Sometime between the summer and winter of 2012 a few of us were presented with a new and mandatory challenge – a challenge that could readily overwhelm even the best of college and university leaders. “Merge your institution with another… do so successfully… and do so quickly,” we were told, with the additional admonition that “By the way, we have never done this before...” Such was the test of what was to eventually become the grand transformation we now call the ‘Georgia Experiment’. An effort that is the first (and to date only) large system-wide planned wave of mergers in a public four-year higher education system.
For those of us tasked with completing this seemingly Herculean task, there were no ready roadmaps available. And yet we were not the first. Many others had successfully led mergers of higher education institutions, from system-wide mergers of technical and two-year colleges, to mergers of health science universities and nearby colleges and universities, to mergers of single-discipline colleges, such as law and business, with more comprehensive institutions. The experience was a global one with many countries, including China, the Scandinavian nations, Australia, and South Africa, undertaking large scale systematic mergers. Still, no blueprint existed, no ‘how-to’ manual, no set of instructions on what to do and what to avoid, or where the pitfalls might be and what the results could be, in the management of the notably complex and sensitive process of merging two or more separate colleges or universities.
When dealing with mergers many leaders and governing boards operate under a number of misconceptions. Firstly, that mergers should only be considered by institutions in extreme need – on their deathbed if you would. Secondly, that mergers are the one strategic option that ‘Must-Not-Be-Named.’ Thirdly, that mergers are always about one institution being acquired and the loss of their identity and history. And fourthly, that their merger, if one was to be considered, is unique and special, with little to learn from other mergers or merger leaders.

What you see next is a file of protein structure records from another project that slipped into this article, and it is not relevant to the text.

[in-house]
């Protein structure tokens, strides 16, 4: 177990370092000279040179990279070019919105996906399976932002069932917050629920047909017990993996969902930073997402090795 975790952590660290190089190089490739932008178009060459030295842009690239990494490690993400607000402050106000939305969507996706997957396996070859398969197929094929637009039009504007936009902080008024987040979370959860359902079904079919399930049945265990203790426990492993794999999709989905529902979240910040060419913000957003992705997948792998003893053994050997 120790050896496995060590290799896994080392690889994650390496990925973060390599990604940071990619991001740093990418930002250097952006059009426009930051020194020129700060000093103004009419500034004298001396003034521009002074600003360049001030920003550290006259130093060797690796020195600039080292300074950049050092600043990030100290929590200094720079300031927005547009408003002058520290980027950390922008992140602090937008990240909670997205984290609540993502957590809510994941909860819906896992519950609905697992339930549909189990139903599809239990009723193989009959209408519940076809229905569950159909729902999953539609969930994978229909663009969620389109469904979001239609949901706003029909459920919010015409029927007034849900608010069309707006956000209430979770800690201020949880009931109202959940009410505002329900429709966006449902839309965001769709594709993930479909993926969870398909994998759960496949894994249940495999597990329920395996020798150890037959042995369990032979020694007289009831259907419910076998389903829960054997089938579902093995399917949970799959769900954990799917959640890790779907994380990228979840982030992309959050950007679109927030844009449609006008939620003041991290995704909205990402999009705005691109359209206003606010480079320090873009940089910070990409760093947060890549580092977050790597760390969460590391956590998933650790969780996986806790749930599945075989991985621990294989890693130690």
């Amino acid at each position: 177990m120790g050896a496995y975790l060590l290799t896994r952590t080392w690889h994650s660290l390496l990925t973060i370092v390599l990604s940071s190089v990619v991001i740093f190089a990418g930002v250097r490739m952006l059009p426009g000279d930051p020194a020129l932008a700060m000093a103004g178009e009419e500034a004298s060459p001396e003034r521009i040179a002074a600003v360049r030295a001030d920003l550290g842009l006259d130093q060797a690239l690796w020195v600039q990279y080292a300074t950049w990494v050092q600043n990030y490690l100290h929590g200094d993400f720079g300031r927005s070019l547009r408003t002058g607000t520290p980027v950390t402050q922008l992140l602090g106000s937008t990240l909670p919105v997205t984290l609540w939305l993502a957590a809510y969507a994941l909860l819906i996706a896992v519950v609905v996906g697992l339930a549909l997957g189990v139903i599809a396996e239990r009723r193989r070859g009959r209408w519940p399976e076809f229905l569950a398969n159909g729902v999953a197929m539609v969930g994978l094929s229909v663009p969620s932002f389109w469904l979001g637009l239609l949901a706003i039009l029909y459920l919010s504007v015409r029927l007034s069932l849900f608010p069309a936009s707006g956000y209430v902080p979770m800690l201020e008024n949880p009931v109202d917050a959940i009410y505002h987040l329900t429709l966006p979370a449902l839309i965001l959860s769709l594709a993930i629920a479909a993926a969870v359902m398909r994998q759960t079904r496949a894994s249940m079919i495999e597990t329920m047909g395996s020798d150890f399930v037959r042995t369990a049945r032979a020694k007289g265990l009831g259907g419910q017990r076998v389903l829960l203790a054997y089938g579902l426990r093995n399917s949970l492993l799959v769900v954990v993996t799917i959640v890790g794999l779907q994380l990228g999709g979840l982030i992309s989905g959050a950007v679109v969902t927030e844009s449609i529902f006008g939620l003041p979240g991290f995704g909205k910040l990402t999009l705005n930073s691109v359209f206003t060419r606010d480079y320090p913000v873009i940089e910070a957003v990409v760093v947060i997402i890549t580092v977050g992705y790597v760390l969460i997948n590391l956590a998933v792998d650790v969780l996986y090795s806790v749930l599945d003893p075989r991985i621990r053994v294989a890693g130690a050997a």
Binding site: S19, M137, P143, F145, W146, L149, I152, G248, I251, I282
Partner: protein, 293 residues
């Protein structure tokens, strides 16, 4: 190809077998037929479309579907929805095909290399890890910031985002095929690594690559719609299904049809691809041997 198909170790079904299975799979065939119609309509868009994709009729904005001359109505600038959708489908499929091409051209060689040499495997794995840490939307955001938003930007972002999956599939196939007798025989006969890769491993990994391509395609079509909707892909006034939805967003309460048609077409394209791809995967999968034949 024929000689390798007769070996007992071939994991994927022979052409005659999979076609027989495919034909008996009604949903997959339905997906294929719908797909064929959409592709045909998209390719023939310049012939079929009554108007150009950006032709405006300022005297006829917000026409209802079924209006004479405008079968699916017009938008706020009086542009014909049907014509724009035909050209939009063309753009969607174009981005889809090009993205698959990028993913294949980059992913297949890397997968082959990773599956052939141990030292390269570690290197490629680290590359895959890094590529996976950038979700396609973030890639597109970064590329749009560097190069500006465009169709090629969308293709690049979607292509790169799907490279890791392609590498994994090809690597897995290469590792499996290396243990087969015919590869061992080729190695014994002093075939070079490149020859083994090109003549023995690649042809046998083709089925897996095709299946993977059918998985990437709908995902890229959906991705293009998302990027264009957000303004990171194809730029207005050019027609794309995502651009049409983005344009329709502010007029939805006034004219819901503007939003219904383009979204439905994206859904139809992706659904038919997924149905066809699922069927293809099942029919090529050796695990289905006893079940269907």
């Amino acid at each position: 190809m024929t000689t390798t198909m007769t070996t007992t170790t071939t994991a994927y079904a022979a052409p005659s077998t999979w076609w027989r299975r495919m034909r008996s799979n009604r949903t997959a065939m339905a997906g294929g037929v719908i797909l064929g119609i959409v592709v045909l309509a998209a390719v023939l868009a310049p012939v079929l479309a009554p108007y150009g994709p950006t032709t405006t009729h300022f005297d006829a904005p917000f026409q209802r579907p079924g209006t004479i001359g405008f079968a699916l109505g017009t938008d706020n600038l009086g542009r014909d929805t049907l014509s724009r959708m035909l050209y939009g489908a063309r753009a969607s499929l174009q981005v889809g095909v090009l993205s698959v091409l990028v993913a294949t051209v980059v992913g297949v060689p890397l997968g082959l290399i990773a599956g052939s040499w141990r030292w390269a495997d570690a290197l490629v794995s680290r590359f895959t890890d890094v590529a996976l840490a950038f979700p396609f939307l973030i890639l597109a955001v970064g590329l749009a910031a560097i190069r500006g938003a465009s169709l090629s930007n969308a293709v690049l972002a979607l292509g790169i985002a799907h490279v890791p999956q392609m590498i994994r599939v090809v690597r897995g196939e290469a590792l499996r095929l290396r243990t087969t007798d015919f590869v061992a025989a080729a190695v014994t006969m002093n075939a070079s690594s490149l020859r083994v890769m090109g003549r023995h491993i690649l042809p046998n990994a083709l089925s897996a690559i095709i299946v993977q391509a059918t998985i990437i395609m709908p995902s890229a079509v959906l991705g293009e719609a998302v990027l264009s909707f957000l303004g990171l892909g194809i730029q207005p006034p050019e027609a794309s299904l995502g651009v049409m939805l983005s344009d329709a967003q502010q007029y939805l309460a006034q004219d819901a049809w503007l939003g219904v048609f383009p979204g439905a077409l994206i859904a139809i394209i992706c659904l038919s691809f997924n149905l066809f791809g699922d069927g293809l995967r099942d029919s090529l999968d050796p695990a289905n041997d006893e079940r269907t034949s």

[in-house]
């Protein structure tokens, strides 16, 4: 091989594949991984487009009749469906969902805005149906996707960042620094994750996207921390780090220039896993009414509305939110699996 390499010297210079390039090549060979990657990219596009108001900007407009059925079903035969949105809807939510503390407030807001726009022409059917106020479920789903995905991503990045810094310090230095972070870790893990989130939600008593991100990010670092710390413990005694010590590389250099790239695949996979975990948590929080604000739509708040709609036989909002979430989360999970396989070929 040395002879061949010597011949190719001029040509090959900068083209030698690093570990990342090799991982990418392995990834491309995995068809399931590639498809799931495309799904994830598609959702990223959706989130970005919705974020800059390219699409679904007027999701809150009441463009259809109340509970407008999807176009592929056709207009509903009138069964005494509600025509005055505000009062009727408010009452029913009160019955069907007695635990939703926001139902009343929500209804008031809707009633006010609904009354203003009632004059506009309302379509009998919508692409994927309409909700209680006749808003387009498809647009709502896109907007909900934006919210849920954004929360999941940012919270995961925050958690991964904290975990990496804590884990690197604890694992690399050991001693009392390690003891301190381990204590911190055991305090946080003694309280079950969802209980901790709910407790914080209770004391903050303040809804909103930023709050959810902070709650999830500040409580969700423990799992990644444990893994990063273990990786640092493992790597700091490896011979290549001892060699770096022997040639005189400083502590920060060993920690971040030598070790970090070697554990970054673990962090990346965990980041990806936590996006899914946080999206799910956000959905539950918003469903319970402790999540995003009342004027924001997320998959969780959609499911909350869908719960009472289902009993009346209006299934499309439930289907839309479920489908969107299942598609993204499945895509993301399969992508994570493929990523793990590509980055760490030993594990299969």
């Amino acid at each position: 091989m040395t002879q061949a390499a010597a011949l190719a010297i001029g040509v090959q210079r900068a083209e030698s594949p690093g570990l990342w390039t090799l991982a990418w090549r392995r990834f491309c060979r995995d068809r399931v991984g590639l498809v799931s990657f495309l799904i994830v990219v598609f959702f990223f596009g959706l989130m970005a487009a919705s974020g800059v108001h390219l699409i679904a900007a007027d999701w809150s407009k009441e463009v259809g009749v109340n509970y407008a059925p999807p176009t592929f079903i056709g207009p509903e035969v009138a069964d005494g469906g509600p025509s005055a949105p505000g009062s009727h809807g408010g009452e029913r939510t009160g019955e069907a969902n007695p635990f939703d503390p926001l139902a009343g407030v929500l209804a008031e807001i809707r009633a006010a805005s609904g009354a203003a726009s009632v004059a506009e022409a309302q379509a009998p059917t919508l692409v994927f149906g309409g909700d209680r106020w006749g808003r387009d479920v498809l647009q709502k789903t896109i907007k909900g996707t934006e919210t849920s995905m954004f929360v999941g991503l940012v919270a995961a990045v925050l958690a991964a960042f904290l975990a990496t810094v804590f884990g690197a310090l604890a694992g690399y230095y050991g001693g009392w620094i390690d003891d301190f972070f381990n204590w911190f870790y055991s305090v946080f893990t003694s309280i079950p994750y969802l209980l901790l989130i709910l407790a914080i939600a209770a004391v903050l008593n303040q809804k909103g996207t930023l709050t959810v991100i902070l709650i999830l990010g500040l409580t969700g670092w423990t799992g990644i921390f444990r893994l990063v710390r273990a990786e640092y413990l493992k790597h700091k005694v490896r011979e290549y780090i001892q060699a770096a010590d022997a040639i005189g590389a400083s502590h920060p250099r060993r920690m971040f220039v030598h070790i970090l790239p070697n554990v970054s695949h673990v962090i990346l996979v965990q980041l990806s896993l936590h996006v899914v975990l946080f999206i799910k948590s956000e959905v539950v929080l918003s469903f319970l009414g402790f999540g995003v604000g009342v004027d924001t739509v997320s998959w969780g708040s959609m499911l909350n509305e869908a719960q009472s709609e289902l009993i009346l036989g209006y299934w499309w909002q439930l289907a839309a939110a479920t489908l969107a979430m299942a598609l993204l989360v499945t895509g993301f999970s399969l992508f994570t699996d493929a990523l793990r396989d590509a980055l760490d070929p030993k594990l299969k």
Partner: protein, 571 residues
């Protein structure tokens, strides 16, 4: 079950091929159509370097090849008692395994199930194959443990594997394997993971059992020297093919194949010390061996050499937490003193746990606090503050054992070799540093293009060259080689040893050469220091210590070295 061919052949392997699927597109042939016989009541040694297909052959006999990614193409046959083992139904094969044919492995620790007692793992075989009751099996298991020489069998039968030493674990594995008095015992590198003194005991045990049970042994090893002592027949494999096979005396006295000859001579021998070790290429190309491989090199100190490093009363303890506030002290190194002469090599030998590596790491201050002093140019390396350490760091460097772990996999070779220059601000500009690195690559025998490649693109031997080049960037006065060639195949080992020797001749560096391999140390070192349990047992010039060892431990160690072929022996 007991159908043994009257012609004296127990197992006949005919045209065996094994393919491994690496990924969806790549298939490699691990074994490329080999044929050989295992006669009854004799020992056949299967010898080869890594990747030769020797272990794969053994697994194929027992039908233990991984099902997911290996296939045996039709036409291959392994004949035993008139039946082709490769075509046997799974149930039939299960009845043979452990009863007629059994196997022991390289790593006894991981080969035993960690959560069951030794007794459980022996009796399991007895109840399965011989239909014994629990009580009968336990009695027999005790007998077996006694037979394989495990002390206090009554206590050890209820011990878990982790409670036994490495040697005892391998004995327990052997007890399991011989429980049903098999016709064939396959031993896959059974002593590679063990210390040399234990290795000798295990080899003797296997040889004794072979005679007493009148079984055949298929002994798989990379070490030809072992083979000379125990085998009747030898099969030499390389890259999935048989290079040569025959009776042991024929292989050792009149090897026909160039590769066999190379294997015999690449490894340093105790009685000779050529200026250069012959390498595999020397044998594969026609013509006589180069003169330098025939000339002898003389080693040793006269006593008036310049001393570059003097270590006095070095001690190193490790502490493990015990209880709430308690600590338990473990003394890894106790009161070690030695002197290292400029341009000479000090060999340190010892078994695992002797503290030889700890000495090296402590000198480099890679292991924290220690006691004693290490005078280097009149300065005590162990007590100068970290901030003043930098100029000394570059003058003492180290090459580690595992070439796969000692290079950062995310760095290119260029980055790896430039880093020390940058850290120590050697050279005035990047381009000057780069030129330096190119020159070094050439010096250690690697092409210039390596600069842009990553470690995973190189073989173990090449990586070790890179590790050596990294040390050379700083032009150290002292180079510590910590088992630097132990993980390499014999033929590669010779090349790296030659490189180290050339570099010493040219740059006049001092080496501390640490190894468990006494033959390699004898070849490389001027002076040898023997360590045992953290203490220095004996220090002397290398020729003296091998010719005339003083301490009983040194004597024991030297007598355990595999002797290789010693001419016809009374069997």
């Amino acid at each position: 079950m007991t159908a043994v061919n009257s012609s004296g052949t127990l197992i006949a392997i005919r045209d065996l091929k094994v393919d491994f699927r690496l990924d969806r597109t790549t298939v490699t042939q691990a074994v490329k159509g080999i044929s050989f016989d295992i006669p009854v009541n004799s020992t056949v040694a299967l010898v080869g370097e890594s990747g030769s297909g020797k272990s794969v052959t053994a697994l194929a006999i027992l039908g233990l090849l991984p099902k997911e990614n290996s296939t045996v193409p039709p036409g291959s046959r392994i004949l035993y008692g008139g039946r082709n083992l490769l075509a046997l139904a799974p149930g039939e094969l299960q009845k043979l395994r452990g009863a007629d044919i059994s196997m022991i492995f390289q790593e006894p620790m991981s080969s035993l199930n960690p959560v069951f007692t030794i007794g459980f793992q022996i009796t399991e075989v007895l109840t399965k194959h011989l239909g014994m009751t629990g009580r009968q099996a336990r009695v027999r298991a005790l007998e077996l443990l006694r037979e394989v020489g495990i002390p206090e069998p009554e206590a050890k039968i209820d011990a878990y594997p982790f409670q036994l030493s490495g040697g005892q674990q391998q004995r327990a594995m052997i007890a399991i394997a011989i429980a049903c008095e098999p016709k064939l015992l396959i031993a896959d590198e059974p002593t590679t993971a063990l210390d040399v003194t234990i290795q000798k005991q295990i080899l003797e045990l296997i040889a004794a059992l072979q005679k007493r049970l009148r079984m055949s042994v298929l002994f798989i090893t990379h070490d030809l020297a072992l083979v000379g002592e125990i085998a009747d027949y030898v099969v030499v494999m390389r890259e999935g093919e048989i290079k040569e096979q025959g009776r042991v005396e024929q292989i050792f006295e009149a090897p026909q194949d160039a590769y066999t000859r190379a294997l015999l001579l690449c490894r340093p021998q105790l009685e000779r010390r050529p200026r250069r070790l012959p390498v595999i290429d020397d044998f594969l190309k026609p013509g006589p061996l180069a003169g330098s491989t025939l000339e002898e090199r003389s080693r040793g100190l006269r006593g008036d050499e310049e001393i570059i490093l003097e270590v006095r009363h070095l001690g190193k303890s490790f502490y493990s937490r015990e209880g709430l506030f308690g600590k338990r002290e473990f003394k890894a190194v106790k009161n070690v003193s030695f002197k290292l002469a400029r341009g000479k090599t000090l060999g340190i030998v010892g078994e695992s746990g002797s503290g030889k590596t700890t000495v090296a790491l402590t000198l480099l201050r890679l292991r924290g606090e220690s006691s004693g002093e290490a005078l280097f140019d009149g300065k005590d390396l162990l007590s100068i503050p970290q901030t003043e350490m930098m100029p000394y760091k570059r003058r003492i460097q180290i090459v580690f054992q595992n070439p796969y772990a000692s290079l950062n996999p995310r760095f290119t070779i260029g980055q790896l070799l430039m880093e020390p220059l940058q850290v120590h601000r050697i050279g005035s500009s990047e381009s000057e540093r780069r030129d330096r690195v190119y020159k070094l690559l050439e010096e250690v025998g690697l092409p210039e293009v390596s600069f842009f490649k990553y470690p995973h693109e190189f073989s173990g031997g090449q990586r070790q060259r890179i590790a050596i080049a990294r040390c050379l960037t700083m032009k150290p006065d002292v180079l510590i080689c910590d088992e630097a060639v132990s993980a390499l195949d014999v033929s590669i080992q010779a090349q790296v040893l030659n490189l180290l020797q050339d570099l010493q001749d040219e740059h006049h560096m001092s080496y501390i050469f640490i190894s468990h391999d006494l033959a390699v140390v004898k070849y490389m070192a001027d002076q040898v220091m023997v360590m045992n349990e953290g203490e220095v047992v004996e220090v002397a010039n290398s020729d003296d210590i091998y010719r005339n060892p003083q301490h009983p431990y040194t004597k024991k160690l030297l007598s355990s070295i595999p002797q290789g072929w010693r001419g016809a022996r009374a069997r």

These assertions are simply and categorically… wrong. Let’s take a closer look.
Mergers are solely for failing institutions. In fact, as our prior data noted, and the recent analysis by Witt and Coyne reaffirmed (Witt R, Coyne KP. A Merger Won’t Save Your College. Chronicle Higher Education, September 22, 2019; https://www.chronicle.com/article/A-Merger-Won-t-Save-Your/247194), institutions that wait too long, when their financial, political, enrollment and branding value has dwindled or simply expired, will simply not be able to find a suitable merger partner. A debt-ridden institution, with few students and less brand value is not an attractive merging partner. If liabilities are not excessive, there is some hope that they could become land transactions, but little else. The lesson here is that the governing boards and executive leaders of institutions, particularly those that are smaller and more vulnerable, should not wait until they are in extremis to begin to consider a merger. They should do so well in advance, when they are still healthy and have much value to offer. But to do so requires governing boards and leaders to embrace their generative roles and pursue rigorous strategic and future scenario planning.
Mergers are the proverbial ‘third rail’ of strategic options. In fact, higher education leaders should understand that mergers are just one additional, if potentially powerful, tool in the toolbox of strategic tactics. While some leaders may believe that considering a merger implies their failure to find a path to an institution’s survival, the reality is that their unwillingness to consider all options, including a merger, within a robust strategic and scenario planning process is the greater failure. Mergers are not the solution to all of an institution’s problems. And neither are they the tactic that cannot be considered. In fact, the most common failure we have observed in mergers is – simply put – the failure to even consider or thoroughly evaluate the option.